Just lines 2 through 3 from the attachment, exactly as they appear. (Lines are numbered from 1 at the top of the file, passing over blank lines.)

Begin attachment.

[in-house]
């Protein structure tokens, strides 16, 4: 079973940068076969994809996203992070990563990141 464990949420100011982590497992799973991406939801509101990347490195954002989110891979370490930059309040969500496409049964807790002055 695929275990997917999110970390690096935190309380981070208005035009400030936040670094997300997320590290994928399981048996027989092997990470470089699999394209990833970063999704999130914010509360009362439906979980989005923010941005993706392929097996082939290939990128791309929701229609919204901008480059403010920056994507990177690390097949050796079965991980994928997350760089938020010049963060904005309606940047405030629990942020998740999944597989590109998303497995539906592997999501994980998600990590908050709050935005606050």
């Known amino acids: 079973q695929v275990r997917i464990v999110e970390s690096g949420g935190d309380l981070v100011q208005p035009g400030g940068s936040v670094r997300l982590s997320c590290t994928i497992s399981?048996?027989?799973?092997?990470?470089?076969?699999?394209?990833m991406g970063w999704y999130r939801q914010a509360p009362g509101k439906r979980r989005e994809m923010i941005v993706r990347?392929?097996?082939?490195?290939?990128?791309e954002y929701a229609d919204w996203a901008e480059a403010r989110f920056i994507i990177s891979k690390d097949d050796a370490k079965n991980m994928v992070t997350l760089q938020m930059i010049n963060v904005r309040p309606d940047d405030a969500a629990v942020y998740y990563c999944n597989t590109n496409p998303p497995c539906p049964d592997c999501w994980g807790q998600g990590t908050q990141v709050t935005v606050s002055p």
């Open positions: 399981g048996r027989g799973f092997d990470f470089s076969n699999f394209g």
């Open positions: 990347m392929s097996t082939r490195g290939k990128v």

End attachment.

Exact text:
């Protein structure tokens, strides 16, 4: 079973940068076969994809996203992070990563990141 464990949420100011982590497992799973991406939801509101990347490195954002989110891979370490930059309040969500496409049964807790002055 695929275990997917999110970390690096935190309380981070208005035009400030936040670094997300997320590290994928399981048996027989092997990470470089699999394209990833970063999704999130914010509360009362439906979980989005923010941005993706392929097996082939290939990128791309929701229609919204901008480059403010920056994507990177690390097949050796079965991980994928997350760089938020010049963060904005309606940047405030629990942020998740999944597989590109998303497995539906592997999501994980998600990590908050709050935005606050």
């Known amino acids: 079973q695929v275990r997917i464990v999110e970390s690096g949420g935190d309380l981070v100011q208005p035009g400030g940068s936040v670094r997300l982590s997320c590290t994928i497992s399981?048996?027989?799973?092997?990470?470089?076969?699999?394209?990833m991406g970063w999704y999130r939801q914010a509360p009362g509101k439906r979980r989005e994809m923010i941005v993706r990347?392929?097996?082939?490195?290939?990128?791309e954002y929701a229609d919204w996203a901008e480059a403010r989110f920056i994507i990177s891979k690390d097949d050796a370490k079965n991980m994928v992070t997350l760089q938020m930059i010049n963060v904005r309040p309606d940047d405030a969500a629990v942020y998740y990563c999944n597989t590109n496409p998303p497995c539906p049964d592997c999501w994980g807790q998600g990590t908050q990141v709050t935005v606050s002055p």